The district court entered judgment, not only vacating the conviction and ordering DiSimone's release from custody, but also dismissing the indictment and barring New York from re-arresting and re-trying him for depraved indifference murder.   The district court reasoned as follows:

For what purpose would the case be remanded for retrial?  ․ Were this Court to permit retrial on the Count of conviction being vacated, that is to say Depraved Indifference Murder, in light of Policano v. Herbert, 7 N.Y.3d 588, 825 N.Y.S.2d 678, 859 N.E.2d 484 (decided November 16, 2006), as well as People v. Feingold, 7 N.Y.3d 288, 819 N.Y.S.2d 691, 852 N.E.2d 1163 (2006), Mr. DiSimone could not be convicted on the evidence presently before the Court of Depraved Indifference Murder.

DiSimone v. Phillips, No. 04 Civ. 3128 (S.D.N.Y. Feb. 5, 2007). New York brought this appeal.


 It is uncontested that petitioner is entitled to be released from further service of his sentence of conviction for depraved indifference murder.1  As New York has conceded, because of the prosecution's withholding of evidence during his trial, his conviction was obtained in violation of due process under Brady v. Maryland, 373 U.S. 83, 83 S.Ct. 1194, 10 L.Ed.2d 215 (1963).   A function of § 2254 is to provide for a petitioner's release from state custody where custody is premised on an illegal conviction.   See Preiser v. Rodriguez, 411 U.S. 475, 484, 93 S.Ct. 1827, 36 L.Ed.2d 439 (1973).   The district court therefore properly ordered that DiSimone's unconstitutional conviction be vacated and that he be released from service of the sentence imposed on that conviction.

 The district court, however, went further.   In its further order barring retrial, the district court was correcting state errors which had not yet been made.   As yet, no state court had even considered the question whether DiSimone could be retried.

In granting the writ so as to bar his retrial, the district court exceeded the authority conferred by § 2254.   Paragraph (b)(1) of that statute prohibits grants of the writ “unless it appears that (A) the applicant has exhausted the remedies available in the courts of the State;  or (B)(i) there is an absence of available State corrective process;  or (ii) circumstances exist that render such process ineffective to protect the rights of the applicant.”  28 U.S.C. § 2254(b)(1).   None of these conditions was satisfied.   Not only had DiSimone not “exhausted the remedies available in the courts of the State” to bar retrial, he had not even presented to those courts a request for such a ruling.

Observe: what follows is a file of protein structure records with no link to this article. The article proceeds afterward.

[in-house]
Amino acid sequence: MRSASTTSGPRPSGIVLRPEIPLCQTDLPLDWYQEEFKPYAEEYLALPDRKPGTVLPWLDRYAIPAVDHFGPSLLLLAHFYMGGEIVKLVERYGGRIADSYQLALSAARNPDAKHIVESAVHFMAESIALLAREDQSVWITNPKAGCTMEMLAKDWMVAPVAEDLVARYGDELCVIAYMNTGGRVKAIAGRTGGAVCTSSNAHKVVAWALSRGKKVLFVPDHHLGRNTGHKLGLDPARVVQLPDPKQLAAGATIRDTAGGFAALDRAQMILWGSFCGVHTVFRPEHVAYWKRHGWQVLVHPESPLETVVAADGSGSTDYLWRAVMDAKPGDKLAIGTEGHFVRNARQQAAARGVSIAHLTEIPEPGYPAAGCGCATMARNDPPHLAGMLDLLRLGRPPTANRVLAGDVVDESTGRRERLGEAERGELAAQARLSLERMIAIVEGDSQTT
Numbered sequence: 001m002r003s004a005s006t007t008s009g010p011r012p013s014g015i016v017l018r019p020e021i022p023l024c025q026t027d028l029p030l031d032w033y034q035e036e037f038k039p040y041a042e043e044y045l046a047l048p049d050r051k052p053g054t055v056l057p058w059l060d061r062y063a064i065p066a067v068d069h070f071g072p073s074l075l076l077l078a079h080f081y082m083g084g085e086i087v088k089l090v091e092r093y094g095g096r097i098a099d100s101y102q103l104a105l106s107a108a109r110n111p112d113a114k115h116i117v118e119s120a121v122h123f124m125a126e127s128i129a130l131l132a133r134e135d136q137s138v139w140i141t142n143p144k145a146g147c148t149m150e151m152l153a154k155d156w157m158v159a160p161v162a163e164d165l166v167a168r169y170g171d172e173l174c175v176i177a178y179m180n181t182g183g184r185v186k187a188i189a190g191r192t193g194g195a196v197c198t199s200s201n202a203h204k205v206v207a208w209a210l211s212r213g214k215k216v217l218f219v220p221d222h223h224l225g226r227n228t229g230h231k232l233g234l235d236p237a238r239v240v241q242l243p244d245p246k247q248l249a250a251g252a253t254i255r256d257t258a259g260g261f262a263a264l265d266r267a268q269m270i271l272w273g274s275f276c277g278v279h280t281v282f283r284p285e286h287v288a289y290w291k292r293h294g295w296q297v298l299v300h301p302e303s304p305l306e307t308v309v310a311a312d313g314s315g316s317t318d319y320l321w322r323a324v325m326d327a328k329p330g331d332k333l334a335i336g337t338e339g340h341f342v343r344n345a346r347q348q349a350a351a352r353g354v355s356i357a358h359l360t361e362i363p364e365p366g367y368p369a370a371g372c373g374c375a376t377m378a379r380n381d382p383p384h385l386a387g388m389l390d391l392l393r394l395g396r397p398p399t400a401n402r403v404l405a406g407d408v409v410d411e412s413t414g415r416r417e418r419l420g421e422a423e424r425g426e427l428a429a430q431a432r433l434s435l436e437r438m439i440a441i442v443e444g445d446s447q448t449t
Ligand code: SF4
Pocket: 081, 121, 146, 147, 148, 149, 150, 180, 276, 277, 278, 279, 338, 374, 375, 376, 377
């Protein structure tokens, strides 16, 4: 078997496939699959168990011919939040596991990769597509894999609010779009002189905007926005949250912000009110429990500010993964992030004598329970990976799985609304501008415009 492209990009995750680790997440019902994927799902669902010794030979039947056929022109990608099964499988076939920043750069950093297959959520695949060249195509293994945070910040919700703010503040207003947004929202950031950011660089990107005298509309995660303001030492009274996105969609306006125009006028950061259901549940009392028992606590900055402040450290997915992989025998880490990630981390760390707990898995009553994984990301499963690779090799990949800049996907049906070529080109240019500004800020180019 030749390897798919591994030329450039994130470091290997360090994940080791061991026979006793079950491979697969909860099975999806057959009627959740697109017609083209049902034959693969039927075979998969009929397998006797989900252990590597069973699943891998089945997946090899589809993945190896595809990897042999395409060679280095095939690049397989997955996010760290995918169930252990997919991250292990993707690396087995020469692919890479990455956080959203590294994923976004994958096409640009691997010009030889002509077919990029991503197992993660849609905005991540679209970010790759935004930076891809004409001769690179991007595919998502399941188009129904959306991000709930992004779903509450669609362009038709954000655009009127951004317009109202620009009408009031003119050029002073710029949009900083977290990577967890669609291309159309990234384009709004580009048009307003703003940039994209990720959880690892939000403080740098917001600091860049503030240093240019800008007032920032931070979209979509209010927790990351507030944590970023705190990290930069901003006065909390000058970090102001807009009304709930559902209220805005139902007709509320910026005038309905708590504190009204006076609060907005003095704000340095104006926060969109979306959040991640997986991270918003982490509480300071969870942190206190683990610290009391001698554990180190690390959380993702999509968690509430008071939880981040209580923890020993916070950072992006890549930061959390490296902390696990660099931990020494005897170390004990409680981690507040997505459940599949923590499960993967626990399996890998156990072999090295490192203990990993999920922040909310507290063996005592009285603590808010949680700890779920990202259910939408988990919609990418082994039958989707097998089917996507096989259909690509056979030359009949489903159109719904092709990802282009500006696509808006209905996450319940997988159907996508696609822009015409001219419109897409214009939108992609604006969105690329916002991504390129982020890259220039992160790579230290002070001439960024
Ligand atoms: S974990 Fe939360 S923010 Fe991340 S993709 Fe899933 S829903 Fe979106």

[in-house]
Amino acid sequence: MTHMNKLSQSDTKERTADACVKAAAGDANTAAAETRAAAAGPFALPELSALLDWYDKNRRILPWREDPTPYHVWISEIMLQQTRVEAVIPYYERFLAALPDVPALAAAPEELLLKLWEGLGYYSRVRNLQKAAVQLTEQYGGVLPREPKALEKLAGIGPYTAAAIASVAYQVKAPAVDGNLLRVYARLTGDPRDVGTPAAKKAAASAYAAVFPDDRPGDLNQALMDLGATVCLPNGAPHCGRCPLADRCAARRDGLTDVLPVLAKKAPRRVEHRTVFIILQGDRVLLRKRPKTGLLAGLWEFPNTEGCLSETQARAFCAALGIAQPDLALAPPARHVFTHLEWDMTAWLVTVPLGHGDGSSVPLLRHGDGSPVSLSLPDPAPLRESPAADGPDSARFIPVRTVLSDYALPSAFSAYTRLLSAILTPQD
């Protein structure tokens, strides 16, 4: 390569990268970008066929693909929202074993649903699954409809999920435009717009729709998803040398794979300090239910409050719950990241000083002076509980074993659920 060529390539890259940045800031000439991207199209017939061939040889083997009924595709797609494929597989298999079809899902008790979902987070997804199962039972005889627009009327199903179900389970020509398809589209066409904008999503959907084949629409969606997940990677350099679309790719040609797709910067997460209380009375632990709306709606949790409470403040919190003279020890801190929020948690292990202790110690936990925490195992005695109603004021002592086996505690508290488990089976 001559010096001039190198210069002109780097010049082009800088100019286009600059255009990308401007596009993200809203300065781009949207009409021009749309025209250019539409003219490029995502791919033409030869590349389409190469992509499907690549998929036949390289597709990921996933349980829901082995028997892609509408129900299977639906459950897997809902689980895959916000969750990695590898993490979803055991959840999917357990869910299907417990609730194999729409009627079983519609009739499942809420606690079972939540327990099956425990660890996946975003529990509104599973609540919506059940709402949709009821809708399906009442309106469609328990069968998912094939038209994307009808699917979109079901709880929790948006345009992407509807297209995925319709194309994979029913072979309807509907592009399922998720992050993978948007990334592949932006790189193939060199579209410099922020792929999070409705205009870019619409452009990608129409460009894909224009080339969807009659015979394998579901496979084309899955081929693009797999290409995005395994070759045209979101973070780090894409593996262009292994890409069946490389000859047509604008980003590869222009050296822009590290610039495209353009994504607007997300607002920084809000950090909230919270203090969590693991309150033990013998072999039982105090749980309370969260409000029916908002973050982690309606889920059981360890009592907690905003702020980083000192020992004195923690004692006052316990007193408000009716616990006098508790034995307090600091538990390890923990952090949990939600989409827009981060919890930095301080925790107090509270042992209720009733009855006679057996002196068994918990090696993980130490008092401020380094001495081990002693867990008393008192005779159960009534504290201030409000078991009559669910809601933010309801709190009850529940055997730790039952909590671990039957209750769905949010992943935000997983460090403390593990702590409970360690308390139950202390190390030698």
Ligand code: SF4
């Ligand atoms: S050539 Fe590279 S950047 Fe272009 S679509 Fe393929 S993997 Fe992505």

The Supreme Court has explained that the exhaustion requirement is premised on the principles of federal-state comity.  “Because ‘it would be unseemly in our dual system of government for a federal district court to upset a state court conviction without an opportunity to the state courts to correct a constitutional violation,’ federal courts apply the doctrine of comity․” Rose v. Lundy, 455 U.S. 509, 518, 102 S.Ct. 1198, 71 L.Ed.2d 379 (1982) (quoting Darr v. Burford, 339 U.S. 200, 204, 70 S.Ct. 587, 94 L.Ed. 761 (1950)).   The exhaustion rule of § 2254(b)(1)(A) enforces these principles of comity.   It bars the federal court from granting relief under § 2254 from a state court conviction until the petitioner has utilized every opportunity offered to him in state procedure to obtain the same relief from the state courts.   This ensures that the federal government, “anxious though it may be to vindicate and protect federal rights and federal interests,” does so in a way that “will not unduly interfere with the legitimate activities of the States.”  Younger v. Harris, 401 U.S. 37, 44, 91 S.Ct. 746, 27 L.Ed.2d 669 (1971).

The rule does not change the ultimate resolution, although it may impose some delay.   It concerns itself with the relationship among sovereigns.   It protects sovereign states from presumptuous correction of their constitutional errors until their courts have been given every opportunity permitted in their procedure to correct their own mistakes.

Here, the petitioner has not exhausted the remedies available in the New York State courts to bar retrial.   In fact, he has yet to present to any state court the constitutional claims that formed the basis for the district court's decision to bar retrial for depraved indifference murder.   The question whether retrial is in fact improper under the constitutional principles of insufficiency of the evidence or double jeopardy must be determined in the first instance by the state courts, if and when the state chooses to retry the petitioner.   At present, any determination of such questions by a federal court is premature.